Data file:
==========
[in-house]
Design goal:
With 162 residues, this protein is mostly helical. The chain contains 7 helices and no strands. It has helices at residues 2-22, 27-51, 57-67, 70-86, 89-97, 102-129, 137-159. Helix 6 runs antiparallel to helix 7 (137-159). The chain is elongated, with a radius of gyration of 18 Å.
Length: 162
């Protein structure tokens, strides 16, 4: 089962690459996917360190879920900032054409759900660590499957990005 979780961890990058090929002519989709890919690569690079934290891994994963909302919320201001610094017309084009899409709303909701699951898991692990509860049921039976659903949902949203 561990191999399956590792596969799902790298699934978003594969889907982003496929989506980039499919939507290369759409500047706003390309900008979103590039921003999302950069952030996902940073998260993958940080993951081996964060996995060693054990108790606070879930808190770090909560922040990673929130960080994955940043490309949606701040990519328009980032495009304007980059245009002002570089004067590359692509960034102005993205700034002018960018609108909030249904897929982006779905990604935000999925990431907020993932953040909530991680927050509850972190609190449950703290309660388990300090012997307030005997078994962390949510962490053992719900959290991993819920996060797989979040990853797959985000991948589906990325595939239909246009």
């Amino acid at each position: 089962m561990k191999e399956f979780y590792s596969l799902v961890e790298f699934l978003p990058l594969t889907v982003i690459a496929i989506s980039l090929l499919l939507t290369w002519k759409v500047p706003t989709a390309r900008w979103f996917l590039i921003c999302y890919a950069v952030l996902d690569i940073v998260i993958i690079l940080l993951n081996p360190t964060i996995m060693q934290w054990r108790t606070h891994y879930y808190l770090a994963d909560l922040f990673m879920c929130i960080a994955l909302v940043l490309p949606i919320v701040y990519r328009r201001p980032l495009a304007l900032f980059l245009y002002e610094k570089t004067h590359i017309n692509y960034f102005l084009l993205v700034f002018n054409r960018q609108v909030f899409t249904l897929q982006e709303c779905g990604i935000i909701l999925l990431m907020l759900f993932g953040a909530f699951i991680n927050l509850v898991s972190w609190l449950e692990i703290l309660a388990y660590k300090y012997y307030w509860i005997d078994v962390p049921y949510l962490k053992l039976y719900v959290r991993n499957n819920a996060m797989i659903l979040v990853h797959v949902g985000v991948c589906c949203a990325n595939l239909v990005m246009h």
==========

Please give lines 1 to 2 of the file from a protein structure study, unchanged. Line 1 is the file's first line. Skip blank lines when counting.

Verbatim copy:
[in-house]
Design goal: